Importers got more than US$1,5B for raw materials and other critical requirements from the Reserve Bank of Zimbabwe (RBZ)’s weekly foreign currency auctions, which began on June 23 last year, making the platform the major source of foreign currency for the productive sectors of the economy.
But the central bank acknowledges it has not been smooth sailing in the past 12 months.
Latest figures indicate that the bulk of the funds went towards procurement of key raw materials, machinery and equipment, pharmaceuticals, retail and distribution, and consumables.
Reflecting on the performance of the platform as it turned a year on Wednesday, RBZ governor Dr John Mangudya said the auction had brought stability in the exchange rate and prices.
While the country experienced exchange rate volatility during the first half of last year, the local unit has since stabilised at $85 against the US dollar.
Inflation has been progressively declining. The auction is now regarded as the market’s dependable and preferred source of foreign currency for registered operators.
Allocations to SMEs and big businesses have recently been averaging more than US$45 million per week.
“Going forward, it is the desire and aspiration of the (central) bank to strengthen the auction system to ensure it achieves greater heights to grow the economy and reduce inflation,” Dr Mangudya said.
Annual inflation is projected to decline to between 102 percent and 103 percent this month, and further drop to 55 percent by July.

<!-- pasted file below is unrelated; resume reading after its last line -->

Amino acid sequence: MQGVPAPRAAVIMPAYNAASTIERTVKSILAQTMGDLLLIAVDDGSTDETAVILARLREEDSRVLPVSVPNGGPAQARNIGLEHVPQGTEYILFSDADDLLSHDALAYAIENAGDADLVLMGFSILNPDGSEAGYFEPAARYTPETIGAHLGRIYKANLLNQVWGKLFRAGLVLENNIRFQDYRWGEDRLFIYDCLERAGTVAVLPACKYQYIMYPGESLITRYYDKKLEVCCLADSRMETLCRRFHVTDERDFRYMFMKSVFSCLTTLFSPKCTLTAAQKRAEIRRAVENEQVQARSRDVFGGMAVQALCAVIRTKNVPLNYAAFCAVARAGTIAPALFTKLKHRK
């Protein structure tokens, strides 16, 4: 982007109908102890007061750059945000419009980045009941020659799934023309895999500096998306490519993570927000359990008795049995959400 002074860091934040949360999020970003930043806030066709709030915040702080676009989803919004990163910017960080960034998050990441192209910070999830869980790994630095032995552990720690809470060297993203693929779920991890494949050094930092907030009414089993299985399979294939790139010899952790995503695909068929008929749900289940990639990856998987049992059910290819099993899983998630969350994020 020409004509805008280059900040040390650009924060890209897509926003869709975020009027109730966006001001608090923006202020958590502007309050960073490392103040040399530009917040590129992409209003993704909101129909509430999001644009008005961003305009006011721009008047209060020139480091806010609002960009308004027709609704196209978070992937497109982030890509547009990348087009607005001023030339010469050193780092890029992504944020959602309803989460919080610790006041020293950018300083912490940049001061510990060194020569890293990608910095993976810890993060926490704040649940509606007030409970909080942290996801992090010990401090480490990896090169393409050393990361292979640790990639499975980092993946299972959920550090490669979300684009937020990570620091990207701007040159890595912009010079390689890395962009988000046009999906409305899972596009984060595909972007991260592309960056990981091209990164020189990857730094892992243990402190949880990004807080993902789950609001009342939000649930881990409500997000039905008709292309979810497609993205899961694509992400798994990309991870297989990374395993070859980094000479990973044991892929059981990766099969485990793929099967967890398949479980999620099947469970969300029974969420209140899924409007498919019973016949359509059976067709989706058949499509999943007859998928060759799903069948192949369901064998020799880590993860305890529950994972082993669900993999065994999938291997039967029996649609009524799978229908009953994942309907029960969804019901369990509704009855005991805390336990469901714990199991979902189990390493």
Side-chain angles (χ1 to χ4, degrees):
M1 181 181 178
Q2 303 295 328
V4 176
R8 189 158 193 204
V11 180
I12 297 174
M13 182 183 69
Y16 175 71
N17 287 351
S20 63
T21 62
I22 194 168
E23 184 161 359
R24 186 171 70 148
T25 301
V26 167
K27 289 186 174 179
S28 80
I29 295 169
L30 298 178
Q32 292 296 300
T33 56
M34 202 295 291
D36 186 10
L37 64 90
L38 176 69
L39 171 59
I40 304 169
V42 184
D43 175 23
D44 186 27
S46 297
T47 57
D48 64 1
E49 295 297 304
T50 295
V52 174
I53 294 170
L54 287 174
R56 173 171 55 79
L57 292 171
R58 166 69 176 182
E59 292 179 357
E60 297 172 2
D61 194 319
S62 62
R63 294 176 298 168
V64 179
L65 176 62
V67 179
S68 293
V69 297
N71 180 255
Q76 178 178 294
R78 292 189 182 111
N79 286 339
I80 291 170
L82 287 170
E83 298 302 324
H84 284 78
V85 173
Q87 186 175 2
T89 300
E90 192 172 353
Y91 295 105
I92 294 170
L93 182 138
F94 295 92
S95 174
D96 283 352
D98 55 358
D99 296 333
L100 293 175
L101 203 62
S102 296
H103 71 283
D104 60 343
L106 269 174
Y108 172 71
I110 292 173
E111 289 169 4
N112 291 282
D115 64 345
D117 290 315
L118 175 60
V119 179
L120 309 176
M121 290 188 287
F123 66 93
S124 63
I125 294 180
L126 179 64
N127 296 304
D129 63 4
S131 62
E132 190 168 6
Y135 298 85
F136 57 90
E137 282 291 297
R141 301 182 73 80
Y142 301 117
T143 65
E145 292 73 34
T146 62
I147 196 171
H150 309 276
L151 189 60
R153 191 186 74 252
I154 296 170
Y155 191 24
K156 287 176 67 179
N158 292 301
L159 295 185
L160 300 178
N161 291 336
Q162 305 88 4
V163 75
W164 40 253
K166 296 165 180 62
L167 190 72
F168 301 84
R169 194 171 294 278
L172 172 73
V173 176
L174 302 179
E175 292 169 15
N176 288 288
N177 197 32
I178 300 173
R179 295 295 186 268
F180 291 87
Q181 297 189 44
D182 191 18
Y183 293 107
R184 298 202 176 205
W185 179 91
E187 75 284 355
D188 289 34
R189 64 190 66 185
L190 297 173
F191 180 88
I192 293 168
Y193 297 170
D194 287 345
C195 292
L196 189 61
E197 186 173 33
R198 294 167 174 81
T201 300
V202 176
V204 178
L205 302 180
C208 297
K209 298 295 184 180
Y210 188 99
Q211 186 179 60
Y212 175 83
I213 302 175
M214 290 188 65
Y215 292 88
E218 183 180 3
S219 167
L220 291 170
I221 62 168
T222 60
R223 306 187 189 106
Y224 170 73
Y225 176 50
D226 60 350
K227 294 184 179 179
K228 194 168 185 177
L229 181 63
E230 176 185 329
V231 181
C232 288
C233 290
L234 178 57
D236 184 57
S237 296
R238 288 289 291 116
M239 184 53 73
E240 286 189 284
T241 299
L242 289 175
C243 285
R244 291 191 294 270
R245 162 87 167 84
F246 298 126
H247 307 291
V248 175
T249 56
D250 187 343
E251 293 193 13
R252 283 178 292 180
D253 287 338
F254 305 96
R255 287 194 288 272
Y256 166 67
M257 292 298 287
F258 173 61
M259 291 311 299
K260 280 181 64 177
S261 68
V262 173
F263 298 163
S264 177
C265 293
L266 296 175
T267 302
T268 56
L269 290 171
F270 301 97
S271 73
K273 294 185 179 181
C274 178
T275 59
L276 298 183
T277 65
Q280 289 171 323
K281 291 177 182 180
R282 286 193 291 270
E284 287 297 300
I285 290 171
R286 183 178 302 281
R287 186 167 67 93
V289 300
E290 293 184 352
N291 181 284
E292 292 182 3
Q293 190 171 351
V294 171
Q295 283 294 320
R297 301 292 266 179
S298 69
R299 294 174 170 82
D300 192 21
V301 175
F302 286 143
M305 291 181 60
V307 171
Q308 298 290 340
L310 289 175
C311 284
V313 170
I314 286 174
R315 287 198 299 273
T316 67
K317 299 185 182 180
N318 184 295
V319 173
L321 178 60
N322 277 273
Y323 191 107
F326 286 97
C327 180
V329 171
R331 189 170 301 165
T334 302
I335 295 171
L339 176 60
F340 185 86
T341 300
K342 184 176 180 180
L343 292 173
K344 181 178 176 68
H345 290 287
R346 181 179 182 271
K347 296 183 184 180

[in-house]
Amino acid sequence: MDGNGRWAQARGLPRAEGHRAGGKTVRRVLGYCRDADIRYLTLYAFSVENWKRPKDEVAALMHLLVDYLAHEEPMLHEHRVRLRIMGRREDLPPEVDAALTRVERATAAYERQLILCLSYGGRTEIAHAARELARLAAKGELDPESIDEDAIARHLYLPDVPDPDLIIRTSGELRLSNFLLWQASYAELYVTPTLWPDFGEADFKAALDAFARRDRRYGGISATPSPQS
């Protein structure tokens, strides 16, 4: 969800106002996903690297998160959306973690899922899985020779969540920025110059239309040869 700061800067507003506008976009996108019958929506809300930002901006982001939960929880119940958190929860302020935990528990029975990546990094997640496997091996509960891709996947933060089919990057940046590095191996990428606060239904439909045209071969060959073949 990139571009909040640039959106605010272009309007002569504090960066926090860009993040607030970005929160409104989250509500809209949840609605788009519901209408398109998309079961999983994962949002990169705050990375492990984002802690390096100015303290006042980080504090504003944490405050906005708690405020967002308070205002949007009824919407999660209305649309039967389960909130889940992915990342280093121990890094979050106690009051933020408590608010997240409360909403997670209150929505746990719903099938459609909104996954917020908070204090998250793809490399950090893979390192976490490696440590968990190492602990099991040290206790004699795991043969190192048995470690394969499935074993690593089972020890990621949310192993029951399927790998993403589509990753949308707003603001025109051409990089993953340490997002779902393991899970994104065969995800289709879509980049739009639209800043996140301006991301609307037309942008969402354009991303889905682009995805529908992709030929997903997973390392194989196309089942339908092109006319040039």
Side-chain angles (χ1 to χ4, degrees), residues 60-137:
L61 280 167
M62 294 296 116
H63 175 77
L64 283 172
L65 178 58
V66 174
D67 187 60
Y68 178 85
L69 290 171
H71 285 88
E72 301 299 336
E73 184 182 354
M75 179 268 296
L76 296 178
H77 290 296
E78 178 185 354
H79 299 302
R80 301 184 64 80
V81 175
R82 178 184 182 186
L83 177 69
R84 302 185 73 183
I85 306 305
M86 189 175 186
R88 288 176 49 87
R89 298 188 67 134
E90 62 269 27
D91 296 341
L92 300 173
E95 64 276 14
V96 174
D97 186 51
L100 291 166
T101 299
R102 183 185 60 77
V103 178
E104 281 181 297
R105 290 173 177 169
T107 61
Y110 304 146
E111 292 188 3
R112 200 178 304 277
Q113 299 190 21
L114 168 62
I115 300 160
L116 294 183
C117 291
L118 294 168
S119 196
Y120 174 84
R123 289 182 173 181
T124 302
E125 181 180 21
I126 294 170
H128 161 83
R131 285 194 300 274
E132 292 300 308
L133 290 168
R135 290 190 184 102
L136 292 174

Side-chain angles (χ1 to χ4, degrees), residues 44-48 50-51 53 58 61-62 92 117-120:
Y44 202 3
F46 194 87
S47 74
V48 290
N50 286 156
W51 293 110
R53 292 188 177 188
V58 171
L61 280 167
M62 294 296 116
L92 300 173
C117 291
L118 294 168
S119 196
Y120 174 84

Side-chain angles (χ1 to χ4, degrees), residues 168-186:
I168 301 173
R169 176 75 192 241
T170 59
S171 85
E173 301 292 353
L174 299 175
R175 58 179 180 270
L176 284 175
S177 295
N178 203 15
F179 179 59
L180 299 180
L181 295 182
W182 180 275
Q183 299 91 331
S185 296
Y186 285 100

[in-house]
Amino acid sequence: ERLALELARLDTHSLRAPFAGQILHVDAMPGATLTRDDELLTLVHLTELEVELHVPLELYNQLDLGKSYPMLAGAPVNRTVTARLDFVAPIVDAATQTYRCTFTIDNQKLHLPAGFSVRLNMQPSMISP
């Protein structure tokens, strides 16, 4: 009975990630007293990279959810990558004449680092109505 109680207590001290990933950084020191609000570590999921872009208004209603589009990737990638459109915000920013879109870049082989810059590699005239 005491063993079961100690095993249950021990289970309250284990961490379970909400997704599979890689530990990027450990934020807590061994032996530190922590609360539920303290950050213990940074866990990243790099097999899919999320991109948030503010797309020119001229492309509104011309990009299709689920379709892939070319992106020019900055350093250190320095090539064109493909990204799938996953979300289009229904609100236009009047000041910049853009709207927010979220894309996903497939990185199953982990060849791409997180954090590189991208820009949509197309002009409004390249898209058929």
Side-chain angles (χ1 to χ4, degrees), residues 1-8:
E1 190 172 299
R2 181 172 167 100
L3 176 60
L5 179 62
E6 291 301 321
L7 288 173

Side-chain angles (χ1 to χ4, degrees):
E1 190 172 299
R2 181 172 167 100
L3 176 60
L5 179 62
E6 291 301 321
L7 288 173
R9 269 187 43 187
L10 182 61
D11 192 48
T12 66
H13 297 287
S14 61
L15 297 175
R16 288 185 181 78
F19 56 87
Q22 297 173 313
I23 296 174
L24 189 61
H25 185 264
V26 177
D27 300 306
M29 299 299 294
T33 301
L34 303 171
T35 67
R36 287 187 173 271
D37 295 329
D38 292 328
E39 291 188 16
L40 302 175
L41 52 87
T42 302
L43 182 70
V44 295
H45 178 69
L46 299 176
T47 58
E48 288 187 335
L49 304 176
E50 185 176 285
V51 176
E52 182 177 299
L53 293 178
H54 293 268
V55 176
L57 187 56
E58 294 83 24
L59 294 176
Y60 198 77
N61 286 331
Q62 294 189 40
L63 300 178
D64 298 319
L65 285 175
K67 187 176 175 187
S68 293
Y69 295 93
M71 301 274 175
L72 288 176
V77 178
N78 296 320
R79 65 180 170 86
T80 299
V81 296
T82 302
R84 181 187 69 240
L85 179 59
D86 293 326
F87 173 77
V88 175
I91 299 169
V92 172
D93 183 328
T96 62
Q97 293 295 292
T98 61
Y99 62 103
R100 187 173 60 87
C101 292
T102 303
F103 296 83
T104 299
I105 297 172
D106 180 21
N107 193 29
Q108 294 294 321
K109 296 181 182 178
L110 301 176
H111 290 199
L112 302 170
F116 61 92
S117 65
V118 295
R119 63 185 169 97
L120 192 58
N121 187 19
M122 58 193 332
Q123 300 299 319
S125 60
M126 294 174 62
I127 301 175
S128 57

Overall, a single-digit rate in expected by year-end. The RBZ encourages businesses to keep accepting payments in foreign currency to ensure its continued circulation in the formal sector.
Monetary authorities are confident the economy will grow by 7,4 percent this year.
“The stability has helped the economy to grow. Local businesses now contribute 65 percent of the produce sold in the local market, thereby cutting products that are imported,” explained Dr Mangudya.
Economic stability has been occasioned by the ironclad grip on fiscal and budgetary discipline, which saw the country achieve a budget surplus in the first quarter.
The biggest challenge the central bank has faced since launching the auction system, Dr Mangudya added, has been non-compliance by intended beneficiaries of the platform.
“We say one bid per client, but some businesses bring multiple bids through the usage of shelf companies, thereby defeating the rule of the auction system.”
Some beneficiaries also use the black market rates to price their goods and services, which is in direct contravention of Statutory Instrument 127 of 2021.